By Tim Binnall
The astronomer credited with discovering the mysterious interstellar object known as 'Oumuamua' has called into question the theory that it has an alien origin. The tantalizing hypothesis was put forward by a pair of Harvard scientists in a recently-published paper which argued that the enigmatic oddity from outside our solar system may be an ET light sail or some kind of probe. Unsurprisingly, this fantastic scenario spawned headlines around the world and captured the imagination of UFO enthusiasts.
However, the scientist who first spotted Oumuamua expressed considerable skepticism over the claim and, in an interview with the CBC, described it as "wild speculation." Robert Weryk, an astronomer at the University of Hawaii, explained that although the object is unique in that it's the first interstellar interloper ever found in our solar system, the existence of such 'visitors' had been "theoretically predicted for decades." To that end, he described the discovery as something of a lucky break in that "it's just something that happened to run into us" as they were looking for potentially hazardous asteroids out in space.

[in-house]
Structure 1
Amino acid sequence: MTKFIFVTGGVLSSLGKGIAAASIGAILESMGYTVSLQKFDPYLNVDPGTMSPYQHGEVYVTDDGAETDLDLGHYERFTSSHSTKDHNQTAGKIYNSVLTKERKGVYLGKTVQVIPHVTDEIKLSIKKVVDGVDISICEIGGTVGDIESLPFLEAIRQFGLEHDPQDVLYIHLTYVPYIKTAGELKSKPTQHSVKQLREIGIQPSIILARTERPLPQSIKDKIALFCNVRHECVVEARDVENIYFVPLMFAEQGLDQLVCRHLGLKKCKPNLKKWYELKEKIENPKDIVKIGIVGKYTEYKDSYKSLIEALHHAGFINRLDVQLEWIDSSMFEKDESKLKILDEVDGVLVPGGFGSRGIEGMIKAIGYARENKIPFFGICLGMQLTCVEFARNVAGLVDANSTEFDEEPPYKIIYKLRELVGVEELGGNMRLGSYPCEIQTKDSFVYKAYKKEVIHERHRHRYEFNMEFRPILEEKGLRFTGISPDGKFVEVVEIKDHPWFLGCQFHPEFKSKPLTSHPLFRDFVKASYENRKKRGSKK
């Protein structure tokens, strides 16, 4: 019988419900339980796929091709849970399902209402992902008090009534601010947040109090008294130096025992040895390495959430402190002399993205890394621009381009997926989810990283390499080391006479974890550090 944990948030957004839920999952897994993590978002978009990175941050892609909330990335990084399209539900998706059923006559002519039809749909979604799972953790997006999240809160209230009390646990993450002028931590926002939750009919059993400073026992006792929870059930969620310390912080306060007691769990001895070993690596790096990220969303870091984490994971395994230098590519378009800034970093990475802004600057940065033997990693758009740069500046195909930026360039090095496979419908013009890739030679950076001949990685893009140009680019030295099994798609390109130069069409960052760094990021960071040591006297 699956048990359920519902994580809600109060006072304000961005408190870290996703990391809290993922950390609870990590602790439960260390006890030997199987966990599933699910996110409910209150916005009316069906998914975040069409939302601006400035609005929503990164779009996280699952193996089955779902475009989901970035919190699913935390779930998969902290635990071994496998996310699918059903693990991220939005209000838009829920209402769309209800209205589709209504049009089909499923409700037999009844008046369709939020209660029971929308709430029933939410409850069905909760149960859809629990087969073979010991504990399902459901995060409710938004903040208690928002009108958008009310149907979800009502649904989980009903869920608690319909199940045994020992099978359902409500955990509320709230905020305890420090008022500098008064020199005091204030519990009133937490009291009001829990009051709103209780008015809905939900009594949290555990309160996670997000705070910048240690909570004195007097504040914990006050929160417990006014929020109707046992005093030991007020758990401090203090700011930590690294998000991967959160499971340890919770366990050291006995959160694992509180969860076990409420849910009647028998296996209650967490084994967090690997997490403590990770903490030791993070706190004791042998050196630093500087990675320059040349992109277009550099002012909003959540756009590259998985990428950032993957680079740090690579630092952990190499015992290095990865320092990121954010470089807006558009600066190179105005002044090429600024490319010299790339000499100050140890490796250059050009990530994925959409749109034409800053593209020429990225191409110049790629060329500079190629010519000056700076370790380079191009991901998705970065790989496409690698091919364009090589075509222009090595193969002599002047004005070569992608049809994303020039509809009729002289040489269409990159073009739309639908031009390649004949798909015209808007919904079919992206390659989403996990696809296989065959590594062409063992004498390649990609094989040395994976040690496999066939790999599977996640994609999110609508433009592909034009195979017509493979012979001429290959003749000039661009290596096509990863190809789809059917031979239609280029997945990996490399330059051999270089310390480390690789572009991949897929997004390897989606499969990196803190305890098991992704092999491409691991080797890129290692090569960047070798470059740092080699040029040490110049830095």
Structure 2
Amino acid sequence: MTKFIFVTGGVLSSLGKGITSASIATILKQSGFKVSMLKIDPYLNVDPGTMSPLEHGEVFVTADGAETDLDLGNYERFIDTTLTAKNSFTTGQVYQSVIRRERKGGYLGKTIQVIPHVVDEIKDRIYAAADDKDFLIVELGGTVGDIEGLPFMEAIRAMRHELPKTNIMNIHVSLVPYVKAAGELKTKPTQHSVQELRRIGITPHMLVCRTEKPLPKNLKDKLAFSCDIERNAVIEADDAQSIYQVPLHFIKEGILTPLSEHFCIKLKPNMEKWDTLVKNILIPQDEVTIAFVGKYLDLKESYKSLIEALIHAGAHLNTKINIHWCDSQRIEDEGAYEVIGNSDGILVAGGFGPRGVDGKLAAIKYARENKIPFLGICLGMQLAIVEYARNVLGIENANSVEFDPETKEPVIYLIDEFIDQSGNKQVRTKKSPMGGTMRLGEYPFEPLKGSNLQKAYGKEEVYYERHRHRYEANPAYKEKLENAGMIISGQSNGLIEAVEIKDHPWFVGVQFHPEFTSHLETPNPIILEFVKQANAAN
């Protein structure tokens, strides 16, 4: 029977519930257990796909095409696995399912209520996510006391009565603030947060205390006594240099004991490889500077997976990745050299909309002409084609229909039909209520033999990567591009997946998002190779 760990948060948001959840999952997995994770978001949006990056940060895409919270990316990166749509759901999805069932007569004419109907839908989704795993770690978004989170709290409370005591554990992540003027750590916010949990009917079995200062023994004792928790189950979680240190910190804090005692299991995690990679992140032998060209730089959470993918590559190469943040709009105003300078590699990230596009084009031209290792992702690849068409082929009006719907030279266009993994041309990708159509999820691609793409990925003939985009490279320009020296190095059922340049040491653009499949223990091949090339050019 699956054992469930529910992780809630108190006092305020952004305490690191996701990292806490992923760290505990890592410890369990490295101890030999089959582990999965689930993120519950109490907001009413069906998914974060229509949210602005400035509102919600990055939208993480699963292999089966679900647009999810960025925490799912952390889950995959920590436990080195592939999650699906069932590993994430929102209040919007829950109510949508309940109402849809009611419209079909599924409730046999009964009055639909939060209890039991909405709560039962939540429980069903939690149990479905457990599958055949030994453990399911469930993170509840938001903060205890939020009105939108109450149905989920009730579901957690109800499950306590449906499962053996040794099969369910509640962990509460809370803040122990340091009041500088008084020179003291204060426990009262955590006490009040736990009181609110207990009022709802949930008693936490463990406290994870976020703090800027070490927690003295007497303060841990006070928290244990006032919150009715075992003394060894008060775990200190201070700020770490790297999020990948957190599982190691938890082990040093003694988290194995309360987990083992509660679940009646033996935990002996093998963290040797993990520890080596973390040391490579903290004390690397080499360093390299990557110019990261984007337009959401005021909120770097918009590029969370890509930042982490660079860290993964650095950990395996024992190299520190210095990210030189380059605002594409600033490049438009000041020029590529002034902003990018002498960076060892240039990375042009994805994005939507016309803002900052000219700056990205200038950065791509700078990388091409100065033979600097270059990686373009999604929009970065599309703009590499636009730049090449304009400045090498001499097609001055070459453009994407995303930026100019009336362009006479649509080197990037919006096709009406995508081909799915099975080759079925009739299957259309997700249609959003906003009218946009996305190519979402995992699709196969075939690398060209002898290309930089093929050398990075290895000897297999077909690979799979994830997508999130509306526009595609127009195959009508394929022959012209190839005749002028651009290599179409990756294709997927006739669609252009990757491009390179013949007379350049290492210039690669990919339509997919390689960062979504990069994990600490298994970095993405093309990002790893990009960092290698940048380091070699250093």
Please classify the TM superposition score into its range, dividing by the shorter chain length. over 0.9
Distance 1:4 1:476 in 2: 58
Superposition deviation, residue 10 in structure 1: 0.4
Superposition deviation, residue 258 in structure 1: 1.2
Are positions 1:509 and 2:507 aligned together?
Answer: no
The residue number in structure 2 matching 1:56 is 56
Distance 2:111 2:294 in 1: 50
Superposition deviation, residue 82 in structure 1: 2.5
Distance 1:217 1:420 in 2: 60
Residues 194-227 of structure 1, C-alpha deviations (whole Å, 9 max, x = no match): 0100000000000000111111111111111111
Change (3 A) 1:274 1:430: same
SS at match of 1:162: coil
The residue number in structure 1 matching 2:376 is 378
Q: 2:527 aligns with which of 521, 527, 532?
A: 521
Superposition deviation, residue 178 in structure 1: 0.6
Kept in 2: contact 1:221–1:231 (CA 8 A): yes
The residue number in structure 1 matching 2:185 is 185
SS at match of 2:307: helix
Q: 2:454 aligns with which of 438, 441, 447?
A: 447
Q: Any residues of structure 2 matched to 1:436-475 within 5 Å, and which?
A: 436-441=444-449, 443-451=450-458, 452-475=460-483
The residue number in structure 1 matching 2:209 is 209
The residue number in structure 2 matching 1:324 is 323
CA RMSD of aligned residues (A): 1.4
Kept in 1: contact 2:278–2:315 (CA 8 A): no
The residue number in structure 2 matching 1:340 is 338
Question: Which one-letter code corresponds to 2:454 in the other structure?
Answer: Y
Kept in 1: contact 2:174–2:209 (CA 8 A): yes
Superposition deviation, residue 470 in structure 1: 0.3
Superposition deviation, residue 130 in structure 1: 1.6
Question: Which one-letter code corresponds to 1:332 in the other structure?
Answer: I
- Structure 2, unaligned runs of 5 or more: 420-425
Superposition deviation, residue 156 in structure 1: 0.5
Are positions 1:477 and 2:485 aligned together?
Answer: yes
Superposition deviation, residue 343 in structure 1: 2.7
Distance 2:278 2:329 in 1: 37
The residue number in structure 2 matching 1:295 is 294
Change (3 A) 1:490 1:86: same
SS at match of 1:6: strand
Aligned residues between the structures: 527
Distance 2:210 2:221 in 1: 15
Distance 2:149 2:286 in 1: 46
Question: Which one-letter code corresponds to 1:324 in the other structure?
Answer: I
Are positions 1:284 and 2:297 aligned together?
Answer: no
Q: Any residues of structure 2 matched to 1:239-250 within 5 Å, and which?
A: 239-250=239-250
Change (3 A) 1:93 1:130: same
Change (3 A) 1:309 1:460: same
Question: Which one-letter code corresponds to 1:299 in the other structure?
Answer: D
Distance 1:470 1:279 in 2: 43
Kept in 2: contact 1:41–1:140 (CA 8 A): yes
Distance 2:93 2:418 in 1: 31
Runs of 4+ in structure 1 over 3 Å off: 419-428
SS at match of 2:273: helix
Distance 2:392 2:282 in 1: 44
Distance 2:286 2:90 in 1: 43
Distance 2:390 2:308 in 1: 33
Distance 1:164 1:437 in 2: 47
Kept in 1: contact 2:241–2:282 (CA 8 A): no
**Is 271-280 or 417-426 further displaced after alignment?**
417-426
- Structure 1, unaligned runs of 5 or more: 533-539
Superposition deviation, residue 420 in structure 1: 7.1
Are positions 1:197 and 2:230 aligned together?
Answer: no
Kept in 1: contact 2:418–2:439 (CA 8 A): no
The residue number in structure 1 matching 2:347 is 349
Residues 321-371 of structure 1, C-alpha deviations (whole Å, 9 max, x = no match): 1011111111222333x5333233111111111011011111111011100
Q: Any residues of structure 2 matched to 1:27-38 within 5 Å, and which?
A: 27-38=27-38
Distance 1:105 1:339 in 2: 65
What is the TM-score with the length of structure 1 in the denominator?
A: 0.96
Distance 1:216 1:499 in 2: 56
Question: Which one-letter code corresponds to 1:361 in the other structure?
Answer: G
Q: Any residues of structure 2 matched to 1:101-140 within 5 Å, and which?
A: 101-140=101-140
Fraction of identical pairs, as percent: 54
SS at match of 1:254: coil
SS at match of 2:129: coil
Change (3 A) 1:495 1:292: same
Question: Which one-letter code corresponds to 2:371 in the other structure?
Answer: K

Regarding the solar sail theory outlined in the paper, Weryk opined that "we actually believe that's not true based on the data we obtained." Alas, this appears to be as far as he went in specifically debunking the hypothesis proposed by the Harvard scientists. As one can imagine, the seemingly out-of-hand dismissal of their paper has been met with resistance from the researchers. One of the astronomers who authored the work told Fox News that Weryk's response "showed prejudice."
He went on to assert that their research followed "standard scientific methodology" and then challenged "anyone with a better explanation to write a paper about it and publish it." Considering how many theories we've seen for the similarly-mysterious 'alien megastructure' over the last few years, we're guessing that's exactly what someone will do.